Social Networking

US Federal Government Guidelines

Advice from Microsoft

Advice from National CyberSecurity Alliance

Now should something go awry,


Aggravated Harassment & Social Computing

240.30 Aggravated harassment in the second degree. ( from: http://public.leginfo.state.ny.us/LAWSSEAF.cgi?QUERYTYPE=LAWS+&QUERYDATA=@SLPEN0P3TNA240+&LIST=LAW+&BROWSER=EXPLORER+&TOKEN=36544786+&TARGET=VIEW) : relayed to me by HVCC Public Safety Director Fred Aliberti:

A person is guilty of aggravated harassment in the second degree when,
with  intent  to  harass, annoy, threaten or alarm another person, he or
1. Either

(a) communicates with a person, anonymously or otherwise, by
telephone, by telegraph, or by mail, or by  transmitting  or  delivering
any  other  form  of  written communication, in a manner likely to cause
annoyance or alarm; or

(b) causes a communication to be initiated by mechanical or electronic
means  or  otherwise  with  a  person,  anonymously  or  otherwise,   by
telephone,  by  telegraph,  or by mail, or by transmitting or delivering
any other form of written communication, in a  manner  likely  to  cause
annoyance or alarm; or

2.  Makes a telephone call, whether or not a conversation ensues, with
no purpose of legitimate communication; or

3. Strikes, shoves, kicks, or otherwise  subjects  another  person  to
physical  contact,  or attempts or threatens to do the same because of a
belief or perception  regarding  such  person’s  race,  color,  national
origin,  ancestry, gender, religion, religious practice, age, disability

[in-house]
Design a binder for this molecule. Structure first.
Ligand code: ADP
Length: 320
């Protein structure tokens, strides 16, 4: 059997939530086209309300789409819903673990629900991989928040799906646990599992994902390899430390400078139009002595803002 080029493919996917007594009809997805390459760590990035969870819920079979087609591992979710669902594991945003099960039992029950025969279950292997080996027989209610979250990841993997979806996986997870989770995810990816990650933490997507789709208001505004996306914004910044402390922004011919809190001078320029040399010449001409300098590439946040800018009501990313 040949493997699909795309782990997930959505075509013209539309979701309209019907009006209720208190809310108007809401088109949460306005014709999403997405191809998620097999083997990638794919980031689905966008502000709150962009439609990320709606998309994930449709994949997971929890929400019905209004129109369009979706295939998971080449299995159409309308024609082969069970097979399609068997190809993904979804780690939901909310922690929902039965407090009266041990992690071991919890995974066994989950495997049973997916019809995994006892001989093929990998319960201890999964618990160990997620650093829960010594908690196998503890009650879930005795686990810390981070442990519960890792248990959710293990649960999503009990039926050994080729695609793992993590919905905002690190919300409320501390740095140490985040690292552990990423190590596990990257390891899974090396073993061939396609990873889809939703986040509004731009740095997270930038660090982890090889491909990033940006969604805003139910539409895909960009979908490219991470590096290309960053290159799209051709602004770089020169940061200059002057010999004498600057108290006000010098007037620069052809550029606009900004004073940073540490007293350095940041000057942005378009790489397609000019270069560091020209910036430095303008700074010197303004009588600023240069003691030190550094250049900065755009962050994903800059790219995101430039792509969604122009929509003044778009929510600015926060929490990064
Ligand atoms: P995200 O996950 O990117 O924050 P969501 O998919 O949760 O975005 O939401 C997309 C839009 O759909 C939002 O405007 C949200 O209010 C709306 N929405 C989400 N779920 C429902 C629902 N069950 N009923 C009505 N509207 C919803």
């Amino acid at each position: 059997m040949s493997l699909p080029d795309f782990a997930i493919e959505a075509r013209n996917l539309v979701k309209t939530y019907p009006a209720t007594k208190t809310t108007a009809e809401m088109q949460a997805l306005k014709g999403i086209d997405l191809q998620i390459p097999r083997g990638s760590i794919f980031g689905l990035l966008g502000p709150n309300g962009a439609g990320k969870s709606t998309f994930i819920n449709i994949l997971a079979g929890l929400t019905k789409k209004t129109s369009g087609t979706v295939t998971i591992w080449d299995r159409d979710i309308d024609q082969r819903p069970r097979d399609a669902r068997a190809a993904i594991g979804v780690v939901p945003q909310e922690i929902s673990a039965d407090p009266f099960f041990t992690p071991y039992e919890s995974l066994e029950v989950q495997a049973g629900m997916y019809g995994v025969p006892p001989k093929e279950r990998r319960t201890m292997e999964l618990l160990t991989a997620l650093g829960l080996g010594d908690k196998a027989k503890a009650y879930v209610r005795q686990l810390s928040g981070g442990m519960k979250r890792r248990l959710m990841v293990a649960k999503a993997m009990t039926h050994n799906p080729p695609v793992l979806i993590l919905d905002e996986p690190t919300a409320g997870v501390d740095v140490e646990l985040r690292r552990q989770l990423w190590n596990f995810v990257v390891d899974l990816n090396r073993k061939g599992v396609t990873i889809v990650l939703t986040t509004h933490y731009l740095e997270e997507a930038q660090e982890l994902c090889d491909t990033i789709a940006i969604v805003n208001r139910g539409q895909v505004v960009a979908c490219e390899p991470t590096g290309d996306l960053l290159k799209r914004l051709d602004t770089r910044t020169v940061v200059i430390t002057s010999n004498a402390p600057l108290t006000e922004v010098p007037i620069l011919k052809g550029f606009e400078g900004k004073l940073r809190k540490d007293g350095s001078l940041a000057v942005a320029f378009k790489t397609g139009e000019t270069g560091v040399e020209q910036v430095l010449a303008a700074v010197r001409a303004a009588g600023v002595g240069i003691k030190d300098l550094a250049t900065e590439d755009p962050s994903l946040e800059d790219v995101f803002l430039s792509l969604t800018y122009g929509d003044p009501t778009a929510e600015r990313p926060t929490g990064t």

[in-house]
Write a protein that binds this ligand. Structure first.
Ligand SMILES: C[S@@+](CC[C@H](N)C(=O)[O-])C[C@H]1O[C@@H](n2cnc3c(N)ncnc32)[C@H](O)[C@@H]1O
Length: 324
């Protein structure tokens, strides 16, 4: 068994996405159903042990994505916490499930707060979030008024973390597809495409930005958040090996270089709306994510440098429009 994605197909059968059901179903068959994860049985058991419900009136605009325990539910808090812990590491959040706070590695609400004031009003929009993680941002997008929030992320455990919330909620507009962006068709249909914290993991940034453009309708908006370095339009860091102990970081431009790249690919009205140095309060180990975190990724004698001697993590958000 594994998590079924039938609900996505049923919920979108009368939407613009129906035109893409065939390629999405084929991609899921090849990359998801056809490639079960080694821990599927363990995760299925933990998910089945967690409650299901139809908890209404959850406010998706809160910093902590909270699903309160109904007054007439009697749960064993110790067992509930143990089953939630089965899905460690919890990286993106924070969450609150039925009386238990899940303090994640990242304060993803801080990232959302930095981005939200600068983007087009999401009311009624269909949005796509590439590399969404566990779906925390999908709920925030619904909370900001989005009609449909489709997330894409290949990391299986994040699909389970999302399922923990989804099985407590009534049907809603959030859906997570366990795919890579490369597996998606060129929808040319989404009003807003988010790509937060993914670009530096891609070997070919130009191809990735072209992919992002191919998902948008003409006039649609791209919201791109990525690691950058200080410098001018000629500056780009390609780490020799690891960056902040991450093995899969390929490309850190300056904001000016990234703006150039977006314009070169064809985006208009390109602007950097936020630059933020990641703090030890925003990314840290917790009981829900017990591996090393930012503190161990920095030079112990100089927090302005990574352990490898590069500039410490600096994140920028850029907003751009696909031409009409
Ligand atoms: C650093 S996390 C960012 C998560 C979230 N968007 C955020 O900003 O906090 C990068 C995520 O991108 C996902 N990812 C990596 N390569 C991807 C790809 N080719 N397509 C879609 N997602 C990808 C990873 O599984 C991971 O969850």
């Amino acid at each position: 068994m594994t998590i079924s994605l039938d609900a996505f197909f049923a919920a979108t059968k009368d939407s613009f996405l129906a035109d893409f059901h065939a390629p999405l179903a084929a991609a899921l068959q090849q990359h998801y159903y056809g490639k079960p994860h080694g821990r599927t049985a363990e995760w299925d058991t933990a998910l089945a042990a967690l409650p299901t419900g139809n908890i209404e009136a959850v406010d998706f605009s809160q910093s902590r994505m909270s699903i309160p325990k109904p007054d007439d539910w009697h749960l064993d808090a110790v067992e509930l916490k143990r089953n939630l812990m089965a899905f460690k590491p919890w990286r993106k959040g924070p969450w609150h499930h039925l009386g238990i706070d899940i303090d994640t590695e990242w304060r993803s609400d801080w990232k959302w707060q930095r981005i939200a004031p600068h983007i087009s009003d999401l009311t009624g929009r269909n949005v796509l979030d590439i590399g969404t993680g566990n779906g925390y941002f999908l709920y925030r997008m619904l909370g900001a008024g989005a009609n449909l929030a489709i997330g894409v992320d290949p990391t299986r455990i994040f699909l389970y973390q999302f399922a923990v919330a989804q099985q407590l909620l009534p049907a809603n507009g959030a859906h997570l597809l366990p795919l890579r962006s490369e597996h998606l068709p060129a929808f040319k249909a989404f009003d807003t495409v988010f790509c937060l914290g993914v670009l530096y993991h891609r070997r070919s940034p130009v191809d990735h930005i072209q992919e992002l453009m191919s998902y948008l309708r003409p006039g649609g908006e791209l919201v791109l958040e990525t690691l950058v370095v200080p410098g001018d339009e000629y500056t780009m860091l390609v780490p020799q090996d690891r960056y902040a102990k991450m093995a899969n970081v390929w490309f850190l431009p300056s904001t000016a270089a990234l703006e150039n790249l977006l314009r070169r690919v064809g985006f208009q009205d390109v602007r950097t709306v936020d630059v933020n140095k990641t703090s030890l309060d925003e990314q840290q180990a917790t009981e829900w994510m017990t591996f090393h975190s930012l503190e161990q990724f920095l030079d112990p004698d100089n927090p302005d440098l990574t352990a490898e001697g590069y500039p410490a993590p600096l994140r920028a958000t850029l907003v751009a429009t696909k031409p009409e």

or sexual orientation, regardless of whether the belief or perception is
correct; or

4. Strikes, shoves, kicks or  otherwise  subjects  another  person  to
physical  contact thereby causing physical injury to such person or to a
family or household member of such person as defined in  section  530.11
of the criminal procedure law.

5.  Commits  the  crime  of  harassment  in  the  first degree and has
previously been convicted of the crime of harassment in the first degree
as defined by section 240.25 of this article within  the  preceding  ten

6.  For  the  purposes  of  subdivision  one of this section, “form of
written communication” shall include, but not be limited to, a recording
as defined in subdivision six of section 275.00 of this part.

Aggravated harassment in the second degree is a class A misdemeanor.


We have covered firewalls (and their evolutionary generation functionality) so here’s how they should be configured.

Windows 7 Firewall

Windows 8 Firewall

Mac OSX Firewall

Ubuntu Firewall


In a nutshell – encrypt everything that can be sensitive.  My recommendation is that you do this at the OS level and Mac’s Filevault 2 is as good as it gets.

Mac OSX Filevault

Windows EFS

Should you wish to perform your encryption piecemeal – “How to Encrypt Anything” by PC World’s Alex Castle:


Safe Browsing

We need to continually and consciously be aware for our actions online and this includes Web based email.  Make sure you see https in your browser’s location bar for any important transactions (see Ethics and Firesheep discussion). Do not click on unknown links, do not share information if you are uncomfortable and again question everything.  Google Chrome has anonymous browsing. You can also use Onion Routing (TOR) but a CIS student just told me of a rumor the NSA is actually targeting TOR users and TOR traffic can be identified.